This and That about THATCamp

I spent most of my weekend at THATCamp Bay Area, and a rollicking good time it was, too. If you haven’t heard of THATCamp, “THAT” stands for “The Humanities and Technology”. The “camp” part is to denote that it is an “unconference” where the participants decide what’s going to happen at the event itself. This event, and many others like it, was inspired by the first THATCamp held by the Center for History and New Media at George Mason University. The Bay Area event was organized by Jon Voss (see picture) of and a team of volunteers.

After a brief introduction by Jon, we all started pitching various session ideas by writing a title on a large post-it, briefly describing it, and putting it on a big paper grid of days and times. What we ended up with were 3-5 sessions per time block, so there was pretty much something for everyone all of time. Raymond Yee, whom I’ve known for years and collaborated with while at the California Digital Library, and I co-taught a “bootcamp” session on mashing up bibliographic data. I highlighted the WorldCat Basic API, which offers access to our 200 million record bibliographic database to anyone for free, and Raymond talked about mashing up more generally and demonstrated Yahoo Pipes.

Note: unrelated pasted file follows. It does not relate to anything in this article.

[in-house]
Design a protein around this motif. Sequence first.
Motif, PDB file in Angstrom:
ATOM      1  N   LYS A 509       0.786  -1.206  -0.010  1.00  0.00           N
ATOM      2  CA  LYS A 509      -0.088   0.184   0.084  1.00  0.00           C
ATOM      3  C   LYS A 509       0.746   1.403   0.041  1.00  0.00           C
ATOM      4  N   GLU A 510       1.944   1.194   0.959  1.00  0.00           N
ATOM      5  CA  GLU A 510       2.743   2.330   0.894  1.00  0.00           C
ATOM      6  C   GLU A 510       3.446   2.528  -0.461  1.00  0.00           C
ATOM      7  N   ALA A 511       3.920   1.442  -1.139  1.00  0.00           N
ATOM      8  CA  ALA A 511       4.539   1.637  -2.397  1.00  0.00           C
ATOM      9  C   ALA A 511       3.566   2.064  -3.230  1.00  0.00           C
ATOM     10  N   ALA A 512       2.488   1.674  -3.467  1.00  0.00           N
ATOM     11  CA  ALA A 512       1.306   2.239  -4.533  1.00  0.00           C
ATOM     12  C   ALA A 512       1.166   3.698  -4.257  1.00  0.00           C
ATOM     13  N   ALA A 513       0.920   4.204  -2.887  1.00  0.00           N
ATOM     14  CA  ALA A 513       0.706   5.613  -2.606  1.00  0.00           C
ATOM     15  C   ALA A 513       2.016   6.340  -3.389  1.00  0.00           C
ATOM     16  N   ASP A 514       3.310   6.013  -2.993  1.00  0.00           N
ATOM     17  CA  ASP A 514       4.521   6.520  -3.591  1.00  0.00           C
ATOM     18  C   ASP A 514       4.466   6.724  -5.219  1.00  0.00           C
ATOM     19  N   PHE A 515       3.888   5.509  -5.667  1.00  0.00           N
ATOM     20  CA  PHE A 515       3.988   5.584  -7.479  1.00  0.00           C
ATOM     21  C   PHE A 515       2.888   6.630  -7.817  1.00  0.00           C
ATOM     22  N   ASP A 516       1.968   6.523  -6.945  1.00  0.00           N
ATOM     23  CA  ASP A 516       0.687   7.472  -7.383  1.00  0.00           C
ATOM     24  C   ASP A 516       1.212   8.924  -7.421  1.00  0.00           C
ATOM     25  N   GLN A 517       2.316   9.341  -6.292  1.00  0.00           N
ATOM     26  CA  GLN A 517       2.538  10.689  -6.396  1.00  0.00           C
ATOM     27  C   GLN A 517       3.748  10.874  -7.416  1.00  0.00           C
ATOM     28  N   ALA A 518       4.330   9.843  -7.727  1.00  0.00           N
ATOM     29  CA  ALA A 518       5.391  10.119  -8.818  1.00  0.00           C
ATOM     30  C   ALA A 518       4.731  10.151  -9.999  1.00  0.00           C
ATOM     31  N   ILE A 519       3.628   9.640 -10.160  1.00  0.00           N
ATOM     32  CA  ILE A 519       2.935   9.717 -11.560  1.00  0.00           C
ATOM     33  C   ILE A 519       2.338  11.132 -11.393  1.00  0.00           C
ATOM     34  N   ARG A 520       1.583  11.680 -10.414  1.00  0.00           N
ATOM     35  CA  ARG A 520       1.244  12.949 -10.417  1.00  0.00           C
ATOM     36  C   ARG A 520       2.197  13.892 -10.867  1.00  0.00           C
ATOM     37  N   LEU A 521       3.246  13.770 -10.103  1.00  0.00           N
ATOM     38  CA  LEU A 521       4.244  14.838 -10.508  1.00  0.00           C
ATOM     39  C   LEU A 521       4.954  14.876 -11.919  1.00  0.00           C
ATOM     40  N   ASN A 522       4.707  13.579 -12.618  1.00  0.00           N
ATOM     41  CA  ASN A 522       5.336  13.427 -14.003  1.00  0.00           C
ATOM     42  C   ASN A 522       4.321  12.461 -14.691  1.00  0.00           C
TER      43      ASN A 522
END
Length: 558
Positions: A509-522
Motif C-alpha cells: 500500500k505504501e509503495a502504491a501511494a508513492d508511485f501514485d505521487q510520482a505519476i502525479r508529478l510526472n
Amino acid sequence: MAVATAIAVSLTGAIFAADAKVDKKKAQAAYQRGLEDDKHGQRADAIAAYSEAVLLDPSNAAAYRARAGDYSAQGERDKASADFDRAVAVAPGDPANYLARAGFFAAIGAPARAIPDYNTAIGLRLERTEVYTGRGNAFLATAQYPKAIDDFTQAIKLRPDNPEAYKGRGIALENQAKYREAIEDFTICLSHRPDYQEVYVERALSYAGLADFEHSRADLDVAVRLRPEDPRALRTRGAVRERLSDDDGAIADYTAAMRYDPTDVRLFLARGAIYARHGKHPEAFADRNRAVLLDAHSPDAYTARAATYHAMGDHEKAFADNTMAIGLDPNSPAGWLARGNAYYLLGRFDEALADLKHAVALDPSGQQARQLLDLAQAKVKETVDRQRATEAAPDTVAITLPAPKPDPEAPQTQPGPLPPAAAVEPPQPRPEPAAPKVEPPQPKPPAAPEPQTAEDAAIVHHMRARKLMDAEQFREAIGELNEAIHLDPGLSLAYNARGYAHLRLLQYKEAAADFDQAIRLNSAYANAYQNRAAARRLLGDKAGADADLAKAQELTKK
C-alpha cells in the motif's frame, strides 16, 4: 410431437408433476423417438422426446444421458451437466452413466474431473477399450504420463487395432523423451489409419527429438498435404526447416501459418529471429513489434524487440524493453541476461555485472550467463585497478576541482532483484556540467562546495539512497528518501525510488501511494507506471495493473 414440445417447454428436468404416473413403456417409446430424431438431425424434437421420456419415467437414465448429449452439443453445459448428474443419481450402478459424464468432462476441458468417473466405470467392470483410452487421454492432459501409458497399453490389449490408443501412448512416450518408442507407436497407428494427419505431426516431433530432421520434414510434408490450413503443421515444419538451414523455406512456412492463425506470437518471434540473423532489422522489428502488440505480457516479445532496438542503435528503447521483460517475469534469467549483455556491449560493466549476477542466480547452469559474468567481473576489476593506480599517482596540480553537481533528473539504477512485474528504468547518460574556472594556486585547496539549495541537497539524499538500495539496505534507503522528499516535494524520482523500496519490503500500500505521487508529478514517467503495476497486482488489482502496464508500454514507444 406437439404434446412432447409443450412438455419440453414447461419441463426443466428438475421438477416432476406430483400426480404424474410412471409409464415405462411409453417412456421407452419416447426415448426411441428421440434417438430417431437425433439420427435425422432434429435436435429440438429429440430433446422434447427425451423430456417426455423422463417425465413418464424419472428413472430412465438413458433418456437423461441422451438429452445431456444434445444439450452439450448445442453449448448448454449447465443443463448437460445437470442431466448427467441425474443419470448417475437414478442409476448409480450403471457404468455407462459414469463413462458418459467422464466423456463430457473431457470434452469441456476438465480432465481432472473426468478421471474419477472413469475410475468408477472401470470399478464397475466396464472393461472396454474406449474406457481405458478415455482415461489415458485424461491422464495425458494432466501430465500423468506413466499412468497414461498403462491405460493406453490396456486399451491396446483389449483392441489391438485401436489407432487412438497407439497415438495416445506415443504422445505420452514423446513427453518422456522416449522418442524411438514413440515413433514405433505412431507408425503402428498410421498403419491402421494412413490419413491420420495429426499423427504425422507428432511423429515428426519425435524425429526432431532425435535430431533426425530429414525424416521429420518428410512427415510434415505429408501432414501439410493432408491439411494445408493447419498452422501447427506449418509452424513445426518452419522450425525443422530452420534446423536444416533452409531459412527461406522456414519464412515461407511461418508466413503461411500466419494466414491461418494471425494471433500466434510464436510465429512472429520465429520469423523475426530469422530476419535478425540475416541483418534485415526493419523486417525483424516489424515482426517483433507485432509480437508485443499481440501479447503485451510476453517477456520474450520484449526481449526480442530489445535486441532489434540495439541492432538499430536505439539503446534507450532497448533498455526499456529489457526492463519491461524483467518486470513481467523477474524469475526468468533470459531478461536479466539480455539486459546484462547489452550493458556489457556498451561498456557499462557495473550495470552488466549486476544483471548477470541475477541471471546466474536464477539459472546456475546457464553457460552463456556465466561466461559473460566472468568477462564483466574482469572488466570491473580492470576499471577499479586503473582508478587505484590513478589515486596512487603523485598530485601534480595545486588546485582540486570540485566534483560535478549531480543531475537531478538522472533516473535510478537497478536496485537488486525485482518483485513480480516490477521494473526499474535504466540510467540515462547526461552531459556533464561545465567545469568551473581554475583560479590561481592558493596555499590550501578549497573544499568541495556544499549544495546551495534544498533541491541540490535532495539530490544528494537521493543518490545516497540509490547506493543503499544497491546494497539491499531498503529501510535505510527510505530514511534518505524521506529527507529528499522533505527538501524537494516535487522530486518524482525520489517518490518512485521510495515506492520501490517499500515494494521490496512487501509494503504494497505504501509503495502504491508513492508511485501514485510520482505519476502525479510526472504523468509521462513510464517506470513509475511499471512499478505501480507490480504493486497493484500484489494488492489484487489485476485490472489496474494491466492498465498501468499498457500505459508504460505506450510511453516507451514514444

Other attendees included Rick and Megan Prelinger from the Prelinger Library, Jon Christensen of the Bill Lane Center for the American West at Stanford, and George Oates from the Internet Archive.

Since this happened to coincide with “Fleet Week” in San Francisco, the Blue Angels were screaming overhead part of the time. Also, Saturday evening when we had various presentations, including two-minute “dork shorts”, fireworks overhead punctuated the event.

The end result for me was being able to understand more about the interests and needs of humanities researchers — particularly in relation to technology. I was also able to contribute a little to their understanding about some potentially useful resources available to them in their work. All in all, not a bad way to spend a weekend.

Roy Tennant works on projects related to improving the technological infrastructure of libraries, museums, and archives.

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